The condition

1. Which organism(s) are associated with the current cases of meningococcal disease?

Neisseria meningitidis (often referred to as meningococcus) has been implicated in all cases of meningococcal disease. These cases have been caused by various serotypes.1 The common causes of bacterial meningitis are N. meningitidis, Streptococcus pneumoniae, Listeria monocytogenes and Haemophilus influenzae type b (Hib).2 Since the use of routine immunisation against Hib, and immunisation of at-risk populations against S. pneumoniae, N. meningitidis is now the most common cause of bacterial meningitis in Australia.3

2. What are the typical presentations of meningococcal disease?

The typical presentations are:

  • meningitis
  • sepsis with rash
  • sepsis without rash
  • bacteraemia without sepsis (uncommon)

Any of the first three presentations are common, and sepsis without rash in particular is difficult to diagnose clinically.

Key manifestations of meningococcal infection include:

  • abrupt onset
  • very rapid progression
  • haemorrhagic rash, which may be petechial only

The rash of meningococcal disease

Picture provided by Dr David Mitchell, I.C.P.M.R.,
Westmead Hospital and the Board of Education,
The Royal College of Pathologists of Australasia


3. How long are 'close contacts' at risk of developing meningococcal disease?

The greatest risk is in the first week following the onset of disease in the index case.4 It is important that all `close contacts' are identified immediately and prophylactic treatment commenced.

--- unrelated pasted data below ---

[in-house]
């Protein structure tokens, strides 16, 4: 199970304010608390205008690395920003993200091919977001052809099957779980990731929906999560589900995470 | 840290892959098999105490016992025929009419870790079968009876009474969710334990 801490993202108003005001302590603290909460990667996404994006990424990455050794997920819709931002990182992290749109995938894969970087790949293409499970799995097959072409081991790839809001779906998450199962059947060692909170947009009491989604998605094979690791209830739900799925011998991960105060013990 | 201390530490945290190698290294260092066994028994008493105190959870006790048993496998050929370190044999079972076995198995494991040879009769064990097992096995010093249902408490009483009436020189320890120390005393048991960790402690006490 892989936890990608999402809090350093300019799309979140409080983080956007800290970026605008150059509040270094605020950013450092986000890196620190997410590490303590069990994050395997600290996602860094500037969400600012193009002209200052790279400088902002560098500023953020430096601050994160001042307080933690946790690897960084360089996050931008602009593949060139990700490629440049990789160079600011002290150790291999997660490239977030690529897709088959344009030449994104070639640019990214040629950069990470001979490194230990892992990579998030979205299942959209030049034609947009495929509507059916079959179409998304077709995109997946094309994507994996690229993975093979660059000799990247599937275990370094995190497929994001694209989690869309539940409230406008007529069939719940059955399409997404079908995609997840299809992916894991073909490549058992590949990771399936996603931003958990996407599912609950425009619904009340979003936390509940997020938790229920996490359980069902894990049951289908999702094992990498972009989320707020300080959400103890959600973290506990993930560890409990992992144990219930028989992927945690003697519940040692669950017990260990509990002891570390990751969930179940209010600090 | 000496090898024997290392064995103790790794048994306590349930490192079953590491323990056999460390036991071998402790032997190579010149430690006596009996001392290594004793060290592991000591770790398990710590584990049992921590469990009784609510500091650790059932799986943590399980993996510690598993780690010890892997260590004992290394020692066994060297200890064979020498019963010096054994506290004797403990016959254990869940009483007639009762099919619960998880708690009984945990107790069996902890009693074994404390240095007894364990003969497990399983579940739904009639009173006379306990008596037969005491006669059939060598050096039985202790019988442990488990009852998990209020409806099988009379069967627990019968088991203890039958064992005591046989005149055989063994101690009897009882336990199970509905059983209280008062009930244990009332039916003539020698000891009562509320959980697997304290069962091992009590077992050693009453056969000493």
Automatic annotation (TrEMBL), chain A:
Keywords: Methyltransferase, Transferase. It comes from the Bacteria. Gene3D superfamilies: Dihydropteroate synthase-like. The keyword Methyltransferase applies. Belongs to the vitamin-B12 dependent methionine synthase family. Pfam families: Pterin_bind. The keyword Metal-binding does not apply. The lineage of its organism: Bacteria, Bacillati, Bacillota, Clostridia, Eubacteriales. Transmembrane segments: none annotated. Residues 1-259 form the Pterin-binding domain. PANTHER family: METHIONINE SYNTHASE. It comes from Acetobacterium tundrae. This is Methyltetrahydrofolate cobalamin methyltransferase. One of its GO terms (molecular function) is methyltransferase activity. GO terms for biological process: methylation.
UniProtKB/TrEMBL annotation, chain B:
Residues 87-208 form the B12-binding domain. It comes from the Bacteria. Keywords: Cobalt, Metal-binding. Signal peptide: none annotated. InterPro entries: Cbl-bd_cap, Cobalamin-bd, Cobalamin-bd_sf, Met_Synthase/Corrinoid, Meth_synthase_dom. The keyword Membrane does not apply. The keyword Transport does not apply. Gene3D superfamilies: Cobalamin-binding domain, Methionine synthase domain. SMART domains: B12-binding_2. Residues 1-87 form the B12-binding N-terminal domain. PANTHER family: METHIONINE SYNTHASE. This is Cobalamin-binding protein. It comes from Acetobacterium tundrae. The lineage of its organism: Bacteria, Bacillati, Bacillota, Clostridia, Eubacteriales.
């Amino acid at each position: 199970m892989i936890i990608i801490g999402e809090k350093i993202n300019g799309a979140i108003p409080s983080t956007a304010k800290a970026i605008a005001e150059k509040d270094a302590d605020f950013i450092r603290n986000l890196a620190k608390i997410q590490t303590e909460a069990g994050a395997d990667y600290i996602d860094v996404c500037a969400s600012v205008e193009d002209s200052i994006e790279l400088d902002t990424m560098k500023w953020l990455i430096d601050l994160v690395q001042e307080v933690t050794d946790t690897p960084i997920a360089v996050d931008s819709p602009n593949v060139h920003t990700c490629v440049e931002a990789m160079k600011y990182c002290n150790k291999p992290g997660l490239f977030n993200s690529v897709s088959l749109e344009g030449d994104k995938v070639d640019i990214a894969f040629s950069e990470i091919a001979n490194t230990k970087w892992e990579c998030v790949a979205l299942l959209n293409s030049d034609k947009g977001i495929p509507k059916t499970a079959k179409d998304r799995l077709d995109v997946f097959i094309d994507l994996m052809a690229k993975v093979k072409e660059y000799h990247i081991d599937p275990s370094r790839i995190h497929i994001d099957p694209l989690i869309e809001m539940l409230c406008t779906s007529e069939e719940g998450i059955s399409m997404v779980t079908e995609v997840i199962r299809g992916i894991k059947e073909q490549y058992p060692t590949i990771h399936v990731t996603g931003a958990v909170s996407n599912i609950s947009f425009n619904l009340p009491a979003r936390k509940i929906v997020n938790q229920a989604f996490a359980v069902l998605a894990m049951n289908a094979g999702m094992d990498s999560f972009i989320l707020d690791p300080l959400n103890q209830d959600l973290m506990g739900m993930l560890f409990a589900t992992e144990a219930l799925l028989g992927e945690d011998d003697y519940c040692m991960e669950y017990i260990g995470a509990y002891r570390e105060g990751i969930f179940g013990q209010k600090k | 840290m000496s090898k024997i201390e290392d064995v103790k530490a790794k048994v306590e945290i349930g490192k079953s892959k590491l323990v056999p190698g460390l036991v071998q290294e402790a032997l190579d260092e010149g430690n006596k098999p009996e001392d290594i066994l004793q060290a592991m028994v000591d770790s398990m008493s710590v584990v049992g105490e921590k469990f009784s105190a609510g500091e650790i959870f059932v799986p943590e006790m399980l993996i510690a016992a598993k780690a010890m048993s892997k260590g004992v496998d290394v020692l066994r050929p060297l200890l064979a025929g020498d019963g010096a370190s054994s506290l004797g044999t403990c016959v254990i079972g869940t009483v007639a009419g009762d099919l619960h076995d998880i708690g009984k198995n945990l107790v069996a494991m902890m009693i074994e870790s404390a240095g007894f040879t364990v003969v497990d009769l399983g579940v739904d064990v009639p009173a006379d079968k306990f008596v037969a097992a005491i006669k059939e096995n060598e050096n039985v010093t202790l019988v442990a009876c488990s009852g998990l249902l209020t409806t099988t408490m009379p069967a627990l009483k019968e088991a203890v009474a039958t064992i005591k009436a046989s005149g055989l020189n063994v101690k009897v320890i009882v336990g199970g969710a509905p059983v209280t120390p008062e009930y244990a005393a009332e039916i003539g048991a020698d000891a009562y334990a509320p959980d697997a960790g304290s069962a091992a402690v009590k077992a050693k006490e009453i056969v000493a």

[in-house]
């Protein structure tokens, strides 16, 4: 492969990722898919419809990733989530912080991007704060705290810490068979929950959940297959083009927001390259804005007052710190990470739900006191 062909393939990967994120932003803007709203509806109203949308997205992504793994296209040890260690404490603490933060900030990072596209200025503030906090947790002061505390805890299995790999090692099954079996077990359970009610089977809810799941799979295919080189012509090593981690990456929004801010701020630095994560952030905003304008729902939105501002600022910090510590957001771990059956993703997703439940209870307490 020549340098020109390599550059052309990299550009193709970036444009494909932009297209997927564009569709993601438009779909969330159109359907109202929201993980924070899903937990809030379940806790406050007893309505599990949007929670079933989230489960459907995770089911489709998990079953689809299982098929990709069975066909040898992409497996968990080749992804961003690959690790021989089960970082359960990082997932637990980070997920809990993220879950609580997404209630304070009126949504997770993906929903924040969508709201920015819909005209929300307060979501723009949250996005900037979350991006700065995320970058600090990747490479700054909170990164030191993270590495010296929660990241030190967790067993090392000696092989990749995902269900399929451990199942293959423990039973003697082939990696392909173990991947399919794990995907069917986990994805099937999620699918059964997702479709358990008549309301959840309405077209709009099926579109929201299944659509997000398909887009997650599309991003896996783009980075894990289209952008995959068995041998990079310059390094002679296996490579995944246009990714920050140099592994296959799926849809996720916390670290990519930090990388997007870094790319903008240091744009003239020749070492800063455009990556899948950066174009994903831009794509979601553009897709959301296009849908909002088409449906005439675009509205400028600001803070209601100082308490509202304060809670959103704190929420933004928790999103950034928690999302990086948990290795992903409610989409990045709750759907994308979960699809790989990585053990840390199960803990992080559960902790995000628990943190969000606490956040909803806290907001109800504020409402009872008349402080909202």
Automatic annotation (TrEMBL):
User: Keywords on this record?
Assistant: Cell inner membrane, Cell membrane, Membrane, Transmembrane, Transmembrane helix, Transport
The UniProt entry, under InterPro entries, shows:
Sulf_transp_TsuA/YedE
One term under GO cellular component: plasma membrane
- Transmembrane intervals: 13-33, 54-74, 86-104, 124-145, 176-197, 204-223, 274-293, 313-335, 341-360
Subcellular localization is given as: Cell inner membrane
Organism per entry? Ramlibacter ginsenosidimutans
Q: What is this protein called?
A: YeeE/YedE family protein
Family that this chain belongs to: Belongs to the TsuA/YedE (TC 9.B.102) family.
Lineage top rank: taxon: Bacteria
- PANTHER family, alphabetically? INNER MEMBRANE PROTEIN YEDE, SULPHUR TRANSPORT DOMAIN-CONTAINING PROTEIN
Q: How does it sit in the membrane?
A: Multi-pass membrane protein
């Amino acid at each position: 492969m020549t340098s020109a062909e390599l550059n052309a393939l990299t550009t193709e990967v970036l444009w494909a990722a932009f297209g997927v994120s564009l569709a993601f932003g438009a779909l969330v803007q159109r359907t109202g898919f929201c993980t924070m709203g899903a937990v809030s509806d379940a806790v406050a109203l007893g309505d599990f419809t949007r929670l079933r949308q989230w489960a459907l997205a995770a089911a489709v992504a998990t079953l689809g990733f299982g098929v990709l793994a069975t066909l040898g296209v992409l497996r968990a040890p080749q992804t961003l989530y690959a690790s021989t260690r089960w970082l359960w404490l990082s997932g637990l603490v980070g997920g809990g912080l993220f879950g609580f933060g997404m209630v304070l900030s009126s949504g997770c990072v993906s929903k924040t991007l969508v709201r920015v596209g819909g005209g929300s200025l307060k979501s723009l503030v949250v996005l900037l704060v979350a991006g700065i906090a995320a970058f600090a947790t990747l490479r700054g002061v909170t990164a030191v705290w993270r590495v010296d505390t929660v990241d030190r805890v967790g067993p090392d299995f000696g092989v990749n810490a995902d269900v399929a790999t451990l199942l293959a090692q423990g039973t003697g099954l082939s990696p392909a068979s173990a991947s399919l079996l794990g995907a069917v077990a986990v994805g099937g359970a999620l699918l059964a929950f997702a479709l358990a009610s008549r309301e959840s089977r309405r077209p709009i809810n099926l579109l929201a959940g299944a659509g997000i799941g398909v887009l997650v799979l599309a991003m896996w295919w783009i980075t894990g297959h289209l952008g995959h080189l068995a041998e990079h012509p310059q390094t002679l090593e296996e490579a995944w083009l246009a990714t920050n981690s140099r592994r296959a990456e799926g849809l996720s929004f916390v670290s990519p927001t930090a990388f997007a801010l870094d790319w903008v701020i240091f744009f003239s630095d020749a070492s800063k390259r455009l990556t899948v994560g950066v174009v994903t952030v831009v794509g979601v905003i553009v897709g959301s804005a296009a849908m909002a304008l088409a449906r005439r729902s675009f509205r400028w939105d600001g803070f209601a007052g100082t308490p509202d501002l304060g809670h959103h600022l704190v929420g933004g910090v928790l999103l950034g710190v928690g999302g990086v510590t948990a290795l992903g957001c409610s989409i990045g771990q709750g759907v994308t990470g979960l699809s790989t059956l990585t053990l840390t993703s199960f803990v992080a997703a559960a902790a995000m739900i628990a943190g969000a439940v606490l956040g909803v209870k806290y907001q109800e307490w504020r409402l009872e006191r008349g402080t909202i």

4. Is there a vaccine available in Australia for meningococcal disease?

There are two vaccines available: Mencevax ACWY and Menomune. Both are non-PBS items. Routine vaccination is not recommended as these vaccines have several limitations, including lack of effect against serogroup B, which is the most frequently occurring strain in Australia.4

Treatment

5. Which drugs for initial treatment of meningococcal disease are available as Emergency Drug (Doctor's bag) Supplies?

The following are recommended and available:

  • benzylpenicillin injection 3 g (with sterilised water for injections 10 mL), one ampoule (BenPen)
  • benzylpenicillin injection 600 mg (with sterilised water for injections 2 mL), 10 ampoules (BenPen)

The recommended dose for empirical therapy prior to hospitalisation is 60 mg/kg (for all ages) up to 3 g intravenously or intramuscularly.2

If the patient has had an anaphylactic or immediate urticarial reaction to penicillin, do not give a penicillin or a cephalosporin antibiotic, but arrange for immediate transfer to hospital.1

Collection of a blood sample for culture should be attempted prior to the administration of antibiotics; however, this should not delay treatment.4

6. Why is the preferred route for the initial benzylpenicillin dose intravenous rather than intramuscular?

Intramuscular administration of benzylpenicillin is not the preferred route in this setting, as supervening shock and hypotension may lead to failure of absorption of the injected antibiotic from the injection site.4 However, if intravenous access is unavailable, it is preferable to give benzylpenicillin intramuscularly rather than delay treatment.

7. Why is rifampicin used instead of penicillin for prophylaxis?

Penicillin does not reliably eliminate nasopharyngeal carriage of meningococci. Hence rifampicin or, alternatively, ceftriaxone or ciprofloxacin is used for prophylaxis in contacts to prevent further infection.4

8. How are rifampicin capsules/syrup, ceftriaxone or ciprofloxacin for prophylaxis in 'close contacts' obtained?

The state or regional health authority* will co-ordinate the management of `close contacts'. The `close contacts' will be advised to go to the nearest Emergency Department and the relevant health authority will arrange for medication to be supplied to the individual.1